A core concept of work–home interface research is boundary permeability – the frequency with which elements from one domain cross, or permeate, the boundary of another domain. Yet, there remains ambiguity as to what these elements are and how these permeations impact important outcomes such as role satisfaction and role performance. The authors introduce a multidimensional perspective of work–home boundary permeability, identifying five forms of boundary permeation: task, psychological, role referencing, object, and people. Furthermore, based on the notion that employee control over boundary permeability behavior is the key to achieving role satisfaction and role performance, the authors examine how organizations’ HR practices, leadership, and norms impact employee control over boundary permeability in the work and home domains. The authors conclude with an agenda for future research.
Diagnostics services in India were growing at 20% annually with billing of USD 3.4 billion. With WTO's GATS, foreign competition was arising. Dr. Lal PathLabs had formidable brand recognition and Dr. Arvind Lal was wondering whether to accept private equity and induct management professionals to keep pace with competitors through acquisitions or greenfield or sell out. He worried over loss of proprietary control. The industry practice of incentivizing doctors for referrals meant that acquisitions brought perverse incentive systems. The choice of compromising ethics or inventing another business model had to be made alongside whether to expand in India or abroad.
This chapter introduces a new theoretical framework for developing emotion-related abilities according to the emotional intelligence (EI) construct definition of Mayer…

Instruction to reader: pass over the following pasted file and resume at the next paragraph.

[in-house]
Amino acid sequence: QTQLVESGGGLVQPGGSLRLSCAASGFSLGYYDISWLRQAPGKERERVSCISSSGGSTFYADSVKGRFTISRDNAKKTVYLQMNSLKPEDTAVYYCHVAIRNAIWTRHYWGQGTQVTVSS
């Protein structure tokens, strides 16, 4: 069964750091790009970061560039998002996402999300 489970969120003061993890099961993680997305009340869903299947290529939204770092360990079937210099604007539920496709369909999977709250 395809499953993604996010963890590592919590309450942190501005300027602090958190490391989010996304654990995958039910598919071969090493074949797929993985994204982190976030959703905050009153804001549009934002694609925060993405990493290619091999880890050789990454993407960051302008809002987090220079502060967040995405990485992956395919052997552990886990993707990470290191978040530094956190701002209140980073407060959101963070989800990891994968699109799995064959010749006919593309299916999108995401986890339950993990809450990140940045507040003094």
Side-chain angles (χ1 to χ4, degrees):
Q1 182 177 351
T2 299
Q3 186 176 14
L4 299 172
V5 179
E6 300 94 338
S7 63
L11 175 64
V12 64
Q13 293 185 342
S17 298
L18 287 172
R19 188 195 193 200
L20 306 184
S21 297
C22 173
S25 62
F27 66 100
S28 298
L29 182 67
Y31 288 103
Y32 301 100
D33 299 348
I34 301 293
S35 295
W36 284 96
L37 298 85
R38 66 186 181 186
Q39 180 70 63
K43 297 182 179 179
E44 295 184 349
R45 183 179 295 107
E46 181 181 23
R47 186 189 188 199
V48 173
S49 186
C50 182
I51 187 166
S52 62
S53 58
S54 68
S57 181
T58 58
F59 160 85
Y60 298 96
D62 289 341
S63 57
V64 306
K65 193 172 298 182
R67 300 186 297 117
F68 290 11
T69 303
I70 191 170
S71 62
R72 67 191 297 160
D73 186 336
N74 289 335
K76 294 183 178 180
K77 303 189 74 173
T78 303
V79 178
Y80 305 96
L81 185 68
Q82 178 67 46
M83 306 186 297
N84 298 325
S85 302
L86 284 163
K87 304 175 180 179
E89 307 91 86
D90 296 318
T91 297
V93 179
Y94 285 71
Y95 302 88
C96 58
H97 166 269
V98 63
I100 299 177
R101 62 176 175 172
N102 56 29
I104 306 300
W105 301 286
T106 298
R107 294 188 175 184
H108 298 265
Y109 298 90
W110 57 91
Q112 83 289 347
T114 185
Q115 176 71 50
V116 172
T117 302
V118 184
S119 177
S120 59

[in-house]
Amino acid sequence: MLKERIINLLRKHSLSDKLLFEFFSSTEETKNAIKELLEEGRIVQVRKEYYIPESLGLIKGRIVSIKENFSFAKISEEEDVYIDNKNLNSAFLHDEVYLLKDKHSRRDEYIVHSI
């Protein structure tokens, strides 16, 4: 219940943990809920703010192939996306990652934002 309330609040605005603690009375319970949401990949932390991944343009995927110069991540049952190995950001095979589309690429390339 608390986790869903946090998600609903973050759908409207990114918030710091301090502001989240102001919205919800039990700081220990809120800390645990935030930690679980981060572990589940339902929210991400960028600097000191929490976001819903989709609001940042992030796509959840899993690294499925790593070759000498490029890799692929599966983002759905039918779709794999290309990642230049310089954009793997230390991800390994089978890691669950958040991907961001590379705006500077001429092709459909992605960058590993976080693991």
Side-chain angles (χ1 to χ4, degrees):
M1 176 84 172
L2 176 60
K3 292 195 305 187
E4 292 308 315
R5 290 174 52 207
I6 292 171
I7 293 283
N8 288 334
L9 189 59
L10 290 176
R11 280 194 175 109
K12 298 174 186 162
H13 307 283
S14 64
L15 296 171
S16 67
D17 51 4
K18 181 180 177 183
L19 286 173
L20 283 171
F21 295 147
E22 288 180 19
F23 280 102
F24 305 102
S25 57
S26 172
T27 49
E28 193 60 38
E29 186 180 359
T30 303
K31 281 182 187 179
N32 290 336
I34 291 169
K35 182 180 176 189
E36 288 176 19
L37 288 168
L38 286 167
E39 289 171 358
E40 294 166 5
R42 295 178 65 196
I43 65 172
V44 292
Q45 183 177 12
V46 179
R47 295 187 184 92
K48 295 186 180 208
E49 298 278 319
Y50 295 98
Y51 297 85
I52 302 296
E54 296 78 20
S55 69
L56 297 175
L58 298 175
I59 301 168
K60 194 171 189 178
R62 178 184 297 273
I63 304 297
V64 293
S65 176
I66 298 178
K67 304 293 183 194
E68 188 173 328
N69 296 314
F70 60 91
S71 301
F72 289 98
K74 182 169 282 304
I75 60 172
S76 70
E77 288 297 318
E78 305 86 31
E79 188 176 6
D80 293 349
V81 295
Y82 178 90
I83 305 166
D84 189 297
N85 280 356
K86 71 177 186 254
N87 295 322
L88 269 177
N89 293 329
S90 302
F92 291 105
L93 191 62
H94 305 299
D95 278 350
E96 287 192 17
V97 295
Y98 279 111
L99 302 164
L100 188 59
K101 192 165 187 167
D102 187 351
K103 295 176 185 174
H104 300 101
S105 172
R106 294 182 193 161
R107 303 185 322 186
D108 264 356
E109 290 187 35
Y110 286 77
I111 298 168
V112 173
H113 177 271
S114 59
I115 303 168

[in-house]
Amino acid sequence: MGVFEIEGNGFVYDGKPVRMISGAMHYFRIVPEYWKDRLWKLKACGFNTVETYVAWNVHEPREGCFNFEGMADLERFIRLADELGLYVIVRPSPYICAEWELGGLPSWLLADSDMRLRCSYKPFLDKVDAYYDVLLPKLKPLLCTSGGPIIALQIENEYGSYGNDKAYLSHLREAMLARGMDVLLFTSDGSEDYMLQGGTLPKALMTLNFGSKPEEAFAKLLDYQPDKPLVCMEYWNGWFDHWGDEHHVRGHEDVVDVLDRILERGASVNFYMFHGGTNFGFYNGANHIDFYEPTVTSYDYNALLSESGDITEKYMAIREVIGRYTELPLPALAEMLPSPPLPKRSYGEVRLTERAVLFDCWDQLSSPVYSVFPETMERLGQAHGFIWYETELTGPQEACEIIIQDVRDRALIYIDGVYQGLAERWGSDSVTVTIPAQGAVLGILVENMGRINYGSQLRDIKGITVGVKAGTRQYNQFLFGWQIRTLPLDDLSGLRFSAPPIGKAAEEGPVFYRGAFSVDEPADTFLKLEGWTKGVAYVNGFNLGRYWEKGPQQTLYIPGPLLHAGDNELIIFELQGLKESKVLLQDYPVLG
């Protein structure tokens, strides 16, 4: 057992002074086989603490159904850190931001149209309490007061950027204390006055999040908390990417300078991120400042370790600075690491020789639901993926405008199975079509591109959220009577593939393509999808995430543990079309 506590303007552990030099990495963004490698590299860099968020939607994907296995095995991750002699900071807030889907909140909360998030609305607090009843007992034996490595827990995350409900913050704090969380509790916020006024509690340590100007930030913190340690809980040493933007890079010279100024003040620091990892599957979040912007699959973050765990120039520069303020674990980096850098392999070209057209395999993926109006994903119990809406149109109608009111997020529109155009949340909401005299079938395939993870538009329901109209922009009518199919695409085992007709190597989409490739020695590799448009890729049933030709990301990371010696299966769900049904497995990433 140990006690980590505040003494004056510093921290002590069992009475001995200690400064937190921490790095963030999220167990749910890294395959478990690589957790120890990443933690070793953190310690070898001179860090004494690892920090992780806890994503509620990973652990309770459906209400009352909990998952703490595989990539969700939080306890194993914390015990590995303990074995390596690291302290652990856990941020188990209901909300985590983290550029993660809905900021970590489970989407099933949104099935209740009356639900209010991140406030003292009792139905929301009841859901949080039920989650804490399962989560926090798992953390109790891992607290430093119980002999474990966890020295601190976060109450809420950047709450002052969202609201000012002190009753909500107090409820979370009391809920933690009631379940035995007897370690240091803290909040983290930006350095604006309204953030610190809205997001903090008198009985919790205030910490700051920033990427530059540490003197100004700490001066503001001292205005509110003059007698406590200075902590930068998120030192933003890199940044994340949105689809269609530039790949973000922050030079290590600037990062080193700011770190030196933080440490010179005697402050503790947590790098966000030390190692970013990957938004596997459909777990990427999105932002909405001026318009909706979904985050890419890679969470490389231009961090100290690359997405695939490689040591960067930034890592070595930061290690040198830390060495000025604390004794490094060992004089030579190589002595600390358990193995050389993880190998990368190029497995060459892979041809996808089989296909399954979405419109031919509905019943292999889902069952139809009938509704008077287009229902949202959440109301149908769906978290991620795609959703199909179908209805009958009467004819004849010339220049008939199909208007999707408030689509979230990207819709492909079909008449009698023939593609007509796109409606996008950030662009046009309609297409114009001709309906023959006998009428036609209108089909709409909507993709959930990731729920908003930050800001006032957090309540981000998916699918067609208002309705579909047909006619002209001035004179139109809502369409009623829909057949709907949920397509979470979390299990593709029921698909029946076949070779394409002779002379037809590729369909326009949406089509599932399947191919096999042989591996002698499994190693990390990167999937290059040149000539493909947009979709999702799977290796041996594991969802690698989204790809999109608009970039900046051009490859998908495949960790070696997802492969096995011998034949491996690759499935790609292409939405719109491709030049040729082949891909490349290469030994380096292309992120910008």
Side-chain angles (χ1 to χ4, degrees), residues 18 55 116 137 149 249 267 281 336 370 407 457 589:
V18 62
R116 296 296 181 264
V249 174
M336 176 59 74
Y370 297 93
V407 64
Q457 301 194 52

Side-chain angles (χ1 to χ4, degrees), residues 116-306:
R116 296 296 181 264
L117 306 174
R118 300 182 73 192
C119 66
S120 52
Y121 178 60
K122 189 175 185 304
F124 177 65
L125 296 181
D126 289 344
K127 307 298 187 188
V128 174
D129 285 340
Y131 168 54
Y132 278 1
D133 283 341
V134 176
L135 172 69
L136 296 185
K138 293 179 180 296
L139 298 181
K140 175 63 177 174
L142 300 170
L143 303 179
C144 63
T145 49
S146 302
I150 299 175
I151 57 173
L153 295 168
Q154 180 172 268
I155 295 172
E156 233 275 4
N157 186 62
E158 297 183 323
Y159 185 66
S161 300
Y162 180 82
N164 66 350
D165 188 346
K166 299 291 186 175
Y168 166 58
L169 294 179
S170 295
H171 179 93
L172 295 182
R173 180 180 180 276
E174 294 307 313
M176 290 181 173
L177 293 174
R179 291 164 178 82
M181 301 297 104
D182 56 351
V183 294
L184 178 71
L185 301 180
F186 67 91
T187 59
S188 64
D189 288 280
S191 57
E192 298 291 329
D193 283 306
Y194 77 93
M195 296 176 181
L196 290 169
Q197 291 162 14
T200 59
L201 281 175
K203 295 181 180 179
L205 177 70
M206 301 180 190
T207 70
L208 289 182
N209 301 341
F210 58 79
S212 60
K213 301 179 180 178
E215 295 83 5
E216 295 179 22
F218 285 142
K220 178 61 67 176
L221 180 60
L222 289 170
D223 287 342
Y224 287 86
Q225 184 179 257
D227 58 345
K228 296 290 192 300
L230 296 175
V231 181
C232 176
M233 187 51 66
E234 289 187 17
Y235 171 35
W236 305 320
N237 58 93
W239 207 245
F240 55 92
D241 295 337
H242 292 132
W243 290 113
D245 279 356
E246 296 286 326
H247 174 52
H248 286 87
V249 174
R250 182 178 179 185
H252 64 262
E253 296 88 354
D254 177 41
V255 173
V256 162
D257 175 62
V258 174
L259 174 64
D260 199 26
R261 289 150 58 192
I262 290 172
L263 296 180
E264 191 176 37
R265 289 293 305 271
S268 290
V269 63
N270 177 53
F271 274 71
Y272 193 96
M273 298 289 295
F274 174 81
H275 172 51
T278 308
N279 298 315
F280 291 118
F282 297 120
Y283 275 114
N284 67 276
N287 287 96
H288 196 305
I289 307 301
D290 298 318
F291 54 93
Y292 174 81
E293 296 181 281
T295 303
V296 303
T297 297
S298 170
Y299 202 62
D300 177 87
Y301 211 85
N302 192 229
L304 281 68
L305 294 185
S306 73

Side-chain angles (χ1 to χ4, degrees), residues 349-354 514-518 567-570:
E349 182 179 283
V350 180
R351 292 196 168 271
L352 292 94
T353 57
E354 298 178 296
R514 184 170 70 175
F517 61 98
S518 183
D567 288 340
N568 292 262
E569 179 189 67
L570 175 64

This chapter introduces a new theoretical framework for developing emotion-related abilities according to the emotional intelligence (EI) construct definition of Mayer, Salovey, and Caruso (2006). The awareness, reflection, and management (ARM) model has been devised and demonstrates a triadic cycle of emotional ARM relating to affect, cognition, and behavior. The ARM model constitutes an approach to nurture emotion-related abilities (ability EI) and responds to criticism raised by Zeidner, Matthews, and Roberts (2009). The ARM Theory was corroborated by both learning theory and schools of counselling (SOC). The potential to develop emotion-related abilities in emotional awareness, reflection and reasoning, coping and management is discussed.
New Technology Business Firms are known to be volatile dynamic organizations whose innovations are subject to short life cycles and product imitability. Venture capitalist…
New Technology Business Firms are known to be volatile dynamic organizations whose innovations are subject to short life cycles and product imitability. Venture capitalist firms who allocate funds to these start-ups need to evaluate multiple facets associated with the individual firm’s internal and external characteristics, as well as, its own unique objectives and goals. This study applies a multicriteria decision making model to the identification for venture capital firms of potential New Technology Business Firms who are requesting capital infusions.